The diameter of the disk 110 is preferably substantially equal to the diameter of the chamber 108. At an antinode, the center of disk 110 is metallurgically bonded, such as by welding, to one end of a vibration-transmitting member 112 with a good impedance match. The presence of an antinode at the center and periphery of disk 110 accentuates the extent of vibratory energy transmitted to the slurry. The member 112 is made of metal, is preferably resonant in a longitudinal mode, and preferably is tapered as shown. A chamber 114 communicates chamber 108 with outlet passage 106. Member 112 extends through the chamber, is coaxial therewith, and has an antinode exposed to the slurry in chamber 114. Slurry must flow from inlet passage 104, through chamber 108, around disk 110 to chamber 114, and then to outlet passage 106.

Each of the embodiments described above is structurally interrelated so that the slurry cannot avoid the active area of vibratory energy. In each embodiment, the slurry is exposed to a large surface area of the vibratory member as compared with the area of the chamber through which the slurry can flow. For example, the exposed surface area of members 22 and 78 greatly exceeds the cross-sectional areas of said members and also exceeds the cross-sectional area of the chamber through which the slurry can flow. Also, in each embodiment, there are successive or progressive regions of vibratory energy with which the slurry comes into contact.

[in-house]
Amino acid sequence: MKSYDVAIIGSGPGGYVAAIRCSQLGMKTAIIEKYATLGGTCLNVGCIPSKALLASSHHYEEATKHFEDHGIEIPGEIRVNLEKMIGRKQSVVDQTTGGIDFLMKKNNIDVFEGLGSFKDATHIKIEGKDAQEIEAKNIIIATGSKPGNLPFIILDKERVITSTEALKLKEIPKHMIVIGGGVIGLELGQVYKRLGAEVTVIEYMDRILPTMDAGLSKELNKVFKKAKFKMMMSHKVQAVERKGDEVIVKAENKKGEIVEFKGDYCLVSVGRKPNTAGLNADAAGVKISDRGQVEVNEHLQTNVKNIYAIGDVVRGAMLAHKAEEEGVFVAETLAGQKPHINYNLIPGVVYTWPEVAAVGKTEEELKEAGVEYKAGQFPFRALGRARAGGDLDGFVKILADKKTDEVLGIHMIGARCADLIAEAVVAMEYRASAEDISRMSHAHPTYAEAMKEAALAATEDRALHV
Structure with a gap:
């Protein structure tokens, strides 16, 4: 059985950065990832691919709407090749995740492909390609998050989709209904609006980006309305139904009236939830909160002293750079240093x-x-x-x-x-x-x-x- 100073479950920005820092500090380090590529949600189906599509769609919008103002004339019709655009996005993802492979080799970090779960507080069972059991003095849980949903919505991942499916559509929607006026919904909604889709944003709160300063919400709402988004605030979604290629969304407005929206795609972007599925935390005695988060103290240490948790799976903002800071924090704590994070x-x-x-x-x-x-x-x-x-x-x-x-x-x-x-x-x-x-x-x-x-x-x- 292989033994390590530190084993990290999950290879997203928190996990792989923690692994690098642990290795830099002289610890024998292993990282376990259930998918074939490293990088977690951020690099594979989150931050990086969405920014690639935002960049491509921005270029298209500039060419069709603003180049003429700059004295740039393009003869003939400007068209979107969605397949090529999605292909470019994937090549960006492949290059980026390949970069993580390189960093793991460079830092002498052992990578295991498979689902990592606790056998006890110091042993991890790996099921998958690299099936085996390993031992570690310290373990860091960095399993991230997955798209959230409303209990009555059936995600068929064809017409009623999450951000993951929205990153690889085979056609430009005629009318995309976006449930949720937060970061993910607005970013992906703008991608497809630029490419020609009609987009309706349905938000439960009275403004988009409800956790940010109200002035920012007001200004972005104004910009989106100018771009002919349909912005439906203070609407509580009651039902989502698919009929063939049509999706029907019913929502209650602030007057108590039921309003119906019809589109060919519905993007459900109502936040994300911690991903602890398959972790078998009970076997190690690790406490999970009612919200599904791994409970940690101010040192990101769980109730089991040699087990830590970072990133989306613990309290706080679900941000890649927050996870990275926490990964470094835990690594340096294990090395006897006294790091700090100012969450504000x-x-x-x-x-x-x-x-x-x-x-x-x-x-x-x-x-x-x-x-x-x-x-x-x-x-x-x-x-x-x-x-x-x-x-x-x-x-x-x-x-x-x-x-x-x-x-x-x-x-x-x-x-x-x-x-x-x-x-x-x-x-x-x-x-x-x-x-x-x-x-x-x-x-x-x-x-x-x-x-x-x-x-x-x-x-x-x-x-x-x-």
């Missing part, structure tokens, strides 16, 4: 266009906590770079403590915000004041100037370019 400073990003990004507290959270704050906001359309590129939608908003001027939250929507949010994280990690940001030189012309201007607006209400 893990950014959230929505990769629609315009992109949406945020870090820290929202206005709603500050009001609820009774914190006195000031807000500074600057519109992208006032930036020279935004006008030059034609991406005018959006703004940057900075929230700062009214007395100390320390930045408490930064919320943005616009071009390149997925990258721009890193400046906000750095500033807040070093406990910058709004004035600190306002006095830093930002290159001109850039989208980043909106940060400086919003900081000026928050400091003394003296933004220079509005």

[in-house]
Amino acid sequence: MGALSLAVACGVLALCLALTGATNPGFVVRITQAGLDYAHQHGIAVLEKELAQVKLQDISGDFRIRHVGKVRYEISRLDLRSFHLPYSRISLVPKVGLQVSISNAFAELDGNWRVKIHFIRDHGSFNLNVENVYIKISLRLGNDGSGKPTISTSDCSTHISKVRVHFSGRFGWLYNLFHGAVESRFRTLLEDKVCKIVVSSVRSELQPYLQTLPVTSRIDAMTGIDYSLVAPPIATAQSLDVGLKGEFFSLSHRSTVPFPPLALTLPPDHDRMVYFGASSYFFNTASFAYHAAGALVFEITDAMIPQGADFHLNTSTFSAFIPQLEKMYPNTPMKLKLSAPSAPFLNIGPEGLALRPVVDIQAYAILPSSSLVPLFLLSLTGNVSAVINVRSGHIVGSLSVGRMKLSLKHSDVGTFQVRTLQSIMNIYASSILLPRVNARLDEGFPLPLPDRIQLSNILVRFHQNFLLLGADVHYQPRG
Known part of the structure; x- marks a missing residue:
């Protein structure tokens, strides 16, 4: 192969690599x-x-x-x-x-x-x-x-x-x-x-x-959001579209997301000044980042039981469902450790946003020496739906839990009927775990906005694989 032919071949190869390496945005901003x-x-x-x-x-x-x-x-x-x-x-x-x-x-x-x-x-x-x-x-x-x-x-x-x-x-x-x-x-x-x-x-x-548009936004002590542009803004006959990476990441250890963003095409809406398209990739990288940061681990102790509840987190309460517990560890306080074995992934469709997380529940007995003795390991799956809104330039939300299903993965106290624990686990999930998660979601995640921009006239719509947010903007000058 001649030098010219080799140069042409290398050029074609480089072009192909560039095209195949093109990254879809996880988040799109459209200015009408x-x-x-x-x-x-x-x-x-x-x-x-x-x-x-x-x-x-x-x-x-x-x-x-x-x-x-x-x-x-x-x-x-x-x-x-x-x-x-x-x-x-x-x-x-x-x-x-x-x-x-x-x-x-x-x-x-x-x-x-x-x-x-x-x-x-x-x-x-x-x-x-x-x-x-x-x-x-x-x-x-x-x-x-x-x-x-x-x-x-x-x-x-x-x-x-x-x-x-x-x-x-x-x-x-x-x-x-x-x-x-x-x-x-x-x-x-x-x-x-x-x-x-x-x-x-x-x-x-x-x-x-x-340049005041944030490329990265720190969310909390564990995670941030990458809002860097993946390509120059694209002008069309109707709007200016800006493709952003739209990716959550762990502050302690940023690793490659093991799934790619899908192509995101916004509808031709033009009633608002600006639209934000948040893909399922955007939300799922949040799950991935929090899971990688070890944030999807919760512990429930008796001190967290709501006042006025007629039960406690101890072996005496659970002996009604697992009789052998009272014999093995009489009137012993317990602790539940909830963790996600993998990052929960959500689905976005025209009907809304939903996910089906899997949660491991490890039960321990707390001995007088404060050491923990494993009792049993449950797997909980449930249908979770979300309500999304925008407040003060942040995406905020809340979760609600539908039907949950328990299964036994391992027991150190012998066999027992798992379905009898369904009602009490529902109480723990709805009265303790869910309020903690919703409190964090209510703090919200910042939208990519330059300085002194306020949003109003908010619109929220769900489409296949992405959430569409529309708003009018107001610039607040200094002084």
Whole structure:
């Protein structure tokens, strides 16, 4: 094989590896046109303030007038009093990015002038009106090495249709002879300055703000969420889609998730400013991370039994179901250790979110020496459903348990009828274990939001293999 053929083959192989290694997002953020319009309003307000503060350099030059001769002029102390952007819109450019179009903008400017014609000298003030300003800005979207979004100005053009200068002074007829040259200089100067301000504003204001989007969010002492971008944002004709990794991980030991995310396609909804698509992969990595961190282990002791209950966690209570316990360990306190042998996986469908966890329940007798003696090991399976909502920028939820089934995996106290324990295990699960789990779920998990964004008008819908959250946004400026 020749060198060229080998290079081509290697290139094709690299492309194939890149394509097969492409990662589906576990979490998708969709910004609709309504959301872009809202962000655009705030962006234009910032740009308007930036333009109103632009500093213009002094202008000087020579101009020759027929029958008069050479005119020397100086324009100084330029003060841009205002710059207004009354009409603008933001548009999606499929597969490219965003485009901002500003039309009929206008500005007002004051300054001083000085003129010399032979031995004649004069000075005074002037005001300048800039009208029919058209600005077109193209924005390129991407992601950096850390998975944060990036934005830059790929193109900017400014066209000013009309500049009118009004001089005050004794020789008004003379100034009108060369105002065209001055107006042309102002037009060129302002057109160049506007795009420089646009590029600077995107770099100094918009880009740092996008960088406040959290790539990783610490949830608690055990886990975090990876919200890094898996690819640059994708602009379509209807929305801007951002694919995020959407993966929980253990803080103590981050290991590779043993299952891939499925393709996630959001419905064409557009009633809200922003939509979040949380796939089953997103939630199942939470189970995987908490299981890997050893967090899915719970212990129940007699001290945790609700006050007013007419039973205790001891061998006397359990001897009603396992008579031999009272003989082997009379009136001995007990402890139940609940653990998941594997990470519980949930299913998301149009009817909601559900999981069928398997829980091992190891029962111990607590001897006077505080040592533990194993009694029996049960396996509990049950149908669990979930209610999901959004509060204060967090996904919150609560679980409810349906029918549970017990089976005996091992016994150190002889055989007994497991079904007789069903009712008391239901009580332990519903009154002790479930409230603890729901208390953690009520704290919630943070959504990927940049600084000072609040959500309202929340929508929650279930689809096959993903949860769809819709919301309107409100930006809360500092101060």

The present invention may be embodied in other specific forms without departing from the spirit or essential attributes thereof and, accordingly, reference should be made to the appended claims, rather than to the foregoing specification as indicating the scope of the invention.